American investors fear divided government

Debt ceiling struggle raised concerns.

Suzy Khimm, of the Washington Post's WonkBlog, reports on a new Gallup poll of American investors, which asks them what they fear the most:

More than unemployment, oil prices, the housing market, tight credit, or the euro zone crisis, investors believe that a politically divided federal government could hurt the US investment climate, according to a new Gallup poll that surveyed American adults with “investable assets of $10,000 or more”:

Gallup poll

The second most common fear is the federal budget deficit. Altogether, this suggests that investors believe the recent political gridlock over the debt-ceiling and budget has been extremely harmful to the U.S. business climate. Presumably, they’re concerned that this could continue should President Obama be re-elected along with a GOP Congress, or vice versa.

Before the election, the Conservative line on coalition governments was much the same as the one these investors seem to hold: political divisions hamper the ability to make crucial economic decisions, which, especially in a depression, can lead to an inability to competently handle crisis. Two years on, those fears have been comprehensively put to bed. Far from coalition resulting in legislative gridlock, as divided government has in the US, this government has been the most radical in a decade.

The European debt crisis would obviously rank higher in a British version of this poll, but the interesting ones to see would be the relative positions of the budget deficit and unemployment rate. In both, the UK is now worse off than the US (when the deficit is expressed as a percentage of GDP, that is), but the narrative seems to be different on both sides of the Atlantic. Whereas the US has experienced its "jobless recovery", now transitioning to a "growthless recovery", the failure of the UK to experience the same levels of growth means that the unemployment rate often blends into the general gloomy economic background.

Obama signs the budget control act, raising the debt ceiling. Credit: Getty

Alex Hern is a technology reporter for the Guardian. He was formerly staff writer at the New Statesman. You should follow Alex on Twitter.

Photo: Getty
Show Hide image

PMQs review: Jeremy Corbyn prompts Tory outrage as he blames Grenfell Tower fire on austerity

To Conservative cries of "shame on you!", the Labour leader warned that "we all pay a price in public safety" for spending cuts.

A fortnight after the Grenfell Tower fire erupted, the tragedy continues to cast a shadow over British politics. Rather than probing Theresa May on the DUP deal, Jeremy Corbyn asked a series of forensic questions on the incident, in which at least 79 people are confirmed to have died.

In the first PMQs of the new parliament, May revealed that the number of buildings that had failed fire safety tests had risen to 120 (a 100 per cent failure rate) and that the cladding used on Grenfell Tower was "non-compliant" with building regulations (Corbyn had asked whether it was "legal").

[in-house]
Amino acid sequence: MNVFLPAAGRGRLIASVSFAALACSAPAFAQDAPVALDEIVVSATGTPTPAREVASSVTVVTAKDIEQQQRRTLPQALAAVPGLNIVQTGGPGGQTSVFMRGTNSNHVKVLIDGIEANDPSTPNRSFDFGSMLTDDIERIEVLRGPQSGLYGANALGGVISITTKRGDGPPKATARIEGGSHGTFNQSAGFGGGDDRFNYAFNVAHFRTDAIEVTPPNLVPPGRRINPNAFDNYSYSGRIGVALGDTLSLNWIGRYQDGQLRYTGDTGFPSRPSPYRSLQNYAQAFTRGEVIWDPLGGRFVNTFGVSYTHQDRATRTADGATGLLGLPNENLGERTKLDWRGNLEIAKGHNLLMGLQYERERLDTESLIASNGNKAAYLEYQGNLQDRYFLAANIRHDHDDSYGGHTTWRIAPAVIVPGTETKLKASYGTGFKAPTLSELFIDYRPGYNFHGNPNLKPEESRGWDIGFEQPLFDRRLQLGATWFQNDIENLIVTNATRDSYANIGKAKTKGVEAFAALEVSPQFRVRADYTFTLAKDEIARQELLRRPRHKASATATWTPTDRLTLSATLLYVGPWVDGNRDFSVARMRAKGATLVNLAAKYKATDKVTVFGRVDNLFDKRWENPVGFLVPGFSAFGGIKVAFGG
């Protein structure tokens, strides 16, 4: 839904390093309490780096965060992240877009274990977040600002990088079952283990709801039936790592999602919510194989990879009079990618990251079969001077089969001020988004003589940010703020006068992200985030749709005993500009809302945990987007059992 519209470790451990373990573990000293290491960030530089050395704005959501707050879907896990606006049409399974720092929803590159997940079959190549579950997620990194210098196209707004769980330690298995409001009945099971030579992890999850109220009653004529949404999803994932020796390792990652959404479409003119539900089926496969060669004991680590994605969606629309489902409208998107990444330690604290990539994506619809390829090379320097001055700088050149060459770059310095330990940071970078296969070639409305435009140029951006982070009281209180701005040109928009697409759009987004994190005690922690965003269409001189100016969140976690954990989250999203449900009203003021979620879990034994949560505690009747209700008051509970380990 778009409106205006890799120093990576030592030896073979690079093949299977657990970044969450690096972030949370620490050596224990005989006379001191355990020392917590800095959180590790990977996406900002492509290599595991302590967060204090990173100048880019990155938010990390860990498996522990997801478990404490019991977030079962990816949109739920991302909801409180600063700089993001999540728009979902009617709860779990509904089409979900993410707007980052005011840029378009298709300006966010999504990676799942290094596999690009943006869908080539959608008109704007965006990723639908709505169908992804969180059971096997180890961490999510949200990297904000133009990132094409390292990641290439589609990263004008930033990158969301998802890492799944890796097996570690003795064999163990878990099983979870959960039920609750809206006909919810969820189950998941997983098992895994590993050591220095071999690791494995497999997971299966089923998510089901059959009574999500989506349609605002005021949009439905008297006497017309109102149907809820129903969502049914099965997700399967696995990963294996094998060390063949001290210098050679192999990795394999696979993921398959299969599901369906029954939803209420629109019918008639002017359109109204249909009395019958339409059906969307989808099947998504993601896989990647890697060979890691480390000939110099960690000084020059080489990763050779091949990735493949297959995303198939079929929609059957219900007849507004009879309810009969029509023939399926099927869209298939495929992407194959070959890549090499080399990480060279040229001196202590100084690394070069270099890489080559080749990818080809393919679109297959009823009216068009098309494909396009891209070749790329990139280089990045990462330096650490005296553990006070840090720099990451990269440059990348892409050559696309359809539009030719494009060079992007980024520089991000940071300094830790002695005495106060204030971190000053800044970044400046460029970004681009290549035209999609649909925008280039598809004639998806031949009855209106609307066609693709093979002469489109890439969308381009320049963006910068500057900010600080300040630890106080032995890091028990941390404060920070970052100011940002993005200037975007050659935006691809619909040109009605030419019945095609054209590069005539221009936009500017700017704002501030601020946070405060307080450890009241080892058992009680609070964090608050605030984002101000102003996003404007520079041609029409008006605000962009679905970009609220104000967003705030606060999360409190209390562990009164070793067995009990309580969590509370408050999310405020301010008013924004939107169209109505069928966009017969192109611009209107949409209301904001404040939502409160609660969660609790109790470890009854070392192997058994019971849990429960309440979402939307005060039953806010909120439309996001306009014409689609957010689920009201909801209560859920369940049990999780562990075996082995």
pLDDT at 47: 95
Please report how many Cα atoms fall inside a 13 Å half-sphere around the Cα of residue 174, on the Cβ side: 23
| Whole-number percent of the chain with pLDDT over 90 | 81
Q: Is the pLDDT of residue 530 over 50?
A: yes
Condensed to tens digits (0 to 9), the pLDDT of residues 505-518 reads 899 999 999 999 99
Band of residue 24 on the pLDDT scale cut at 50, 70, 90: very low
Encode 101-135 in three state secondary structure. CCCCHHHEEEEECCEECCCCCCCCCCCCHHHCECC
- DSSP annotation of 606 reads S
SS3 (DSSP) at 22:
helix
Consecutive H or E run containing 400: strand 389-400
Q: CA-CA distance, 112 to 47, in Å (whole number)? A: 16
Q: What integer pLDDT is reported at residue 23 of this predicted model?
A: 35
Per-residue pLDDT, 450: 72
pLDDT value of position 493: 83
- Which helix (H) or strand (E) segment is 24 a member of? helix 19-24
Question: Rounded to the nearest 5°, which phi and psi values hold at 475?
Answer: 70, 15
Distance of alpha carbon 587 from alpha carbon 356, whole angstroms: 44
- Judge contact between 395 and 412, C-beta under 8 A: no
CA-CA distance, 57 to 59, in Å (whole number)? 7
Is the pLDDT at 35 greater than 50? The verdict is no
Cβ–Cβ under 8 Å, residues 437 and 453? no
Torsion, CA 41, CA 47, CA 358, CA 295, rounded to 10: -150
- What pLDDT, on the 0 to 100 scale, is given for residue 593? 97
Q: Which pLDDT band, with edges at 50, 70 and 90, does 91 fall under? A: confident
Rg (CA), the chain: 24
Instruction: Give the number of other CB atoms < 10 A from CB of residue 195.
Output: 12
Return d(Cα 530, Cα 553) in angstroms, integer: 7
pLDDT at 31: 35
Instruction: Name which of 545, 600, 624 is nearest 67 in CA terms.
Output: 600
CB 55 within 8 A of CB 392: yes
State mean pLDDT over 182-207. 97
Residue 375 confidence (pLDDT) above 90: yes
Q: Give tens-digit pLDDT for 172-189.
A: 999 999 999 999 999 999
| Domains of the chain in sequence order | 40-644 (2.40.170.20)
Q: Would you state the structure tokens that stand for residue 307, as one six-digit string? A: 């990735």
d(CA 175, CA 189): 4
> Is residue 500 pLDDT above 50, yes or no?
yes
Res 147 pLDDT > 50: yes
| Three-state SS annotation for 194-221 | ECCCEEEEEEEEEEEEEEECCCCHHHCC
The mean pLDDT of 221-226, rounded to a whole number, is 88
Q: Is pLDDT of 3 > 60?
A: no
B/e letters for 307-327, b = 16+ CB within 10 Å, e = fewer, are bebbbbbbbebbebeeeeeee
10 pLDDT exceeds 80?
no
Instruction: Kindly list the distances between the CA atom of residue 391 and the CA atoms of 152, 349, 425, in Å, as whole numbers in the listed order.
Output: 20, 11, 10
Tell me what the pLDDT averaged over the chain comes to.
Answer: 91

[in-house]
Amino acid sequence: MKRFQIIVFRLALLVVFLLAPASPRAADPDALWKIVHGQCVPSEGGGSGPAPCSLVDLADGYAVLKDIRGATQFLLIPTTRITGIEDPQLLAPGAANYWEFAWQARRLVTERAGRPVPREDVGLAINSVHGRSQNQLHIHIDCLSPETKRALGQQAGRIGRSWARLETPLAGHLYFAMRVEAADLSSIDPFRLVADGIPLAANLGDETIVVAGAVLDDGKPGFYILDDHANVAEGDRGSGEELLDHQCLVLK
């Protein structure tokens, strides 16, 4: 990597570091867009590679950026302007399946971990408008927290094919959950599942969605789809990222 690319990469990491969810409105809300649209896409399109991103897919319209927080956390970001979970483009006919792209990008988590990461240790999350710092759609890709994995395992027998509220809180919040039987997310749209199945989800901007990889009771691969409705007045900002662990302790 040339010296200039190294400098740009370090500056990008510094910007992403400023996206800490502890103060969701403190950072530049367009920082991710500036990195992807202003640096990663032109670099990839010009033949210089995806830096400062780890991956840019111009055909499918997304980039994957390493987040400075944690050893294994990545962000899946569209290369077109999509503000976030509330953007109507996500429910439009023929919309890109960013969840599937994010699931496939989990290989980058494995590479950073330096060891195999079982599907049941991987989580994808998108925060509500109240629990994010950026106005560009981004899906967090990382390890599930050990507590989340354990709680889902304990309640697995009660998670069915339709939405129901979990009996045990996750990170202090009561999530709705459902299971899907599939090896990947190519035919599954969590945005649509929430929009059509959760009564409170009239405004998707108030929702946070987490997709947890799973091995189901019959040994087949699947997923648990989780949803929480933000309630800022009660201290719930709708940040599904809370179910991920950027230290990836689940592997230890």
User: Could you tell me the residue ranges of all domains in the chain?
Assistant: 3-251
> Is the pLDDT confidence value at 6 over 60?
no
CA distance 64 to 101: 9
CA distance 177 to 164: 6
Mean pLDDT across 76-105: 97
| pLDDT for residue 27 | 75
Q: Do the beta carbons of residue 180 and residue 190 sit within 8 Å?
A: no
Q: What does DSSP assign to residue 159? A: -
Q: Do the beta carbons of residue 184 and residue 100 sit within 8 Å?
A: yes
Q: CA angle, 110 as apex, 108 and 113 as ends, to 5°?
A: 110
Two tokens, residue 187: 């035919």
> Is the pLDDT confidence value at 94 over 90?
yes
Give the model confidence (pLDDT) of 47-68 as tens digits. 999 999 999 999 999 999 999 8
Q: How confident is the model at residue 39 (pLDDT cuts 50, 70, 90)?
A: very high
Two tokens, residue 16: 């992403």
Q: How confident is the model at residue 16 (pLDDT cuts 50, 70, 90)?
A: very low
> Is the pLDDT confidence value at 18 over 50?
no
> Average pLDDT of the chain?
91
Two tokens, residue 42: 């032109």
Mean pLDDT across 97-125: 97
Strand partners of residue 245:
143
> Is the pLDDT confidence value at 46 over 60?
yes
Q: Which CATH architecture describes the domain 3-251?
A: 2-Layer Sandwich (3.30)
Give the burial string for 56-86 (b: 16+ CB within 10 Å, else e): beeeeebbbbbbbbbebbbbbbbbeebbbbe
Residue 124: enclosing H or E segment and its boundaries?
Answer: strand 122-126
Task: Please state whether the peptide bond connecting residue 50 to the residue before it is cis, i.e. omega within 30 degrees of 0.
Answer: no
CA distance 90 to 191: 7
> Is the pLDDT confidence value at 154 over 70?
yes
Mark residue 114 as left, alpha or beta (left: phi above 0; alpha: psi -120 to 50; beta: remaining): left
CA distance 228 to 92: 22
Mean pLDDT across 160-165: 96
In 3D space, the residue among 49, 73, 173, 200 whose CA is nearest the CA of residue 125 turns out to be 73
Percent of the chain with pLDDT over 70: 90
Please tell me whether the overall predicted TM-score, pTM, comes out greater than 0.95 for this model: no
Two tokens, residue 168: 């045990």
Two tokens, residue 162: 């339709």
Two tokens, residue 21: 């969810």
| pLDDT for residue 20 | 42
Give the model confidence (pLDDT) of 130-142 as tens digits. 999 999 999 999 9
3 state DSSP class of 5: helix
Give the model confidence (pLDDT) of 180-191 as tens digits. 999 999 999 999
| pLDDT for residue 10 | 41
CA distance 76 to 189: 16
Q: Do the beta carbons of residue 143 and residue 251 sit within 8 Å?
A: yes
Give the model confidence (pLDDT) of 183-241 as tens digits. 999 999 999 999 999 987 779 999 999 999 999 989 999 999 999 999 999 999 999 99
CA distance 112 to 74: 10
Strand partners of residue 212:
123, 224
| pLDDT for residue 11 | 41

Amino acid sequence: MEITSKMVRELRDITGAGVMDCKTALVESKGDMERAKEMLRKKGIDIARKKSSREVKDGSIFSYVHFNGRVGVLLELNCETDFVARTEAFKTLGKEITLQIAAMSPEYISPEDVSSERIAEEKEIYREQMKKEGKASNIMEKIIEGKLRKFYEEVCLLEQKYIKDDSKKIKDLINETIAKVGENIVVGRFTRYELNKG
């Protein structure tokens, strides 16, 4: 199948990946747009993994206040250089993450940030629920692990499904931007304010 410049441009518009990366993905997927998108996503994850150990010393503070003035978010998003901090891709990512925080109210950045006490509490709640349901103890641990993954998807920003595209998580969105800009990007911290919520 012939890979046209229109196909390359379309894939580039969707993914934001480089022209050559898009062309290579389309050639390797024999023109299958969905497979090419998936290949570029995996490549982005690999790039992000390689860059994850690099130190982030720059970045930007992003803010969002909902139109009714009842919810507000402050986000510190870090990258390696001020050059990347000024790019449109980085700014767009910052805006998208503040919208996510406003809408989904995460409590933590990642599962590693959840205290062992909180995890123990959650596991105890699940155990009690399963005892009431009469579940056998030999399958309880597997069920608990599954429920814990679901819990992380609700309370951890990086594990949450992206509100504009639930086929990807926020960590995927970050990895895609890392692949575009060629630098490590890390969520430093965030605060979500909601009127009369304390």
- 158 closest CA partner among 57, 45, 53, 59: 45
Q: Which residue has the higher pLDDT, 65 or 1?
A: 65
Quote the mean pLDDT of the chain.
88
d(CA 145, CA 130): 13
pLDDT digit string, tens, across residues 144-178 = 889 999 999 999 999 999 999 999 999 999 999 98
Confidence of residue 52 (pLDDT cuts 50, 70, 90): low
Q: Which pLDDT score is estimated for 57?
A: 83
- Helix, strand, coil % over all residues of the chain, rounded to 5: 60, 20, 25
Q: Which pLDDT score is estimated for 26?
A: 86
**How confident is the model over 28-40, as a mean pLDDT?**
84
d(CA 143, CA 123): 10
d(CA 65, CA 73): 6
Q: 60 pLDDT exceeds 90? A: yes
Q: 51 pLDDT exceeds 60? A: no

After several factual questions, the Labour leader rose to his political argument. To cries of "shame on you!" from Tory MPs, he warned that local authority cuts of 40 per cent meant "we all pay a price in public safety". Corbyn added: “What the tragedy of Grenfell Tower has exposed is the disastrous effects of austerity. The disregard for working-class communities, the terrible consequences of deregulation and cutting corners." Corbyn noted that 11,000 firefighters had been cut and that the public sector pay cap (which Labour has tabled a Queen's Speech amendment against) was hindering recruitment. "This disaster must be a wake-up call," he concluded.

But May, who fared better than many expected, had a ready retort. "The cladding of tower blocks did not start under this government, it did not start under the previous coalition governments, the cladding of tower blocks began under the Blair government," she said. “In 2005 it was a Labour government that introduced the regulatory reform fire safety order which changed the requirements to inspect a building on fire safety from the local fire authority to a 'responsible person'." In this regard, however, Corbyn's lack of frontbench experience is a virtue – no action by the last Labour government can be pinned on him. 

Whether or not the Conservatives accept the link between Grenfell and austerity, their reluctance to defend continued cuts shows an awareness of how politically vulnerable they have become (No10 has announced that the public sector pay cap is under review).

Though Tory MP Philip Davies accused May of having an "aversion" to policies "that might be popular with the public" (he demanded the abolition of the 0.7 per cent foreign aid target), there was little dissent from the backbenches – reflecting the new consensus that the Prime Minister is safe (in the absence of an attractive alternative).

And May, whose jokes sometimes fall painfully flat, was able to accuse Corbyn of saying "one thing to the many and another thing to the few" in reference to his alleged Trident comments to Glastonbury festival founder Michael Eavis. But the Labour leader, no longer looking fearfully over his shoulder, displayed his increased authority today. Though the Conservatives may jeer him, the lingering fear in Tory minds is that they and the country are on divergent paths. 

George Eaton is political editor of the New Statesman.

0800 7318496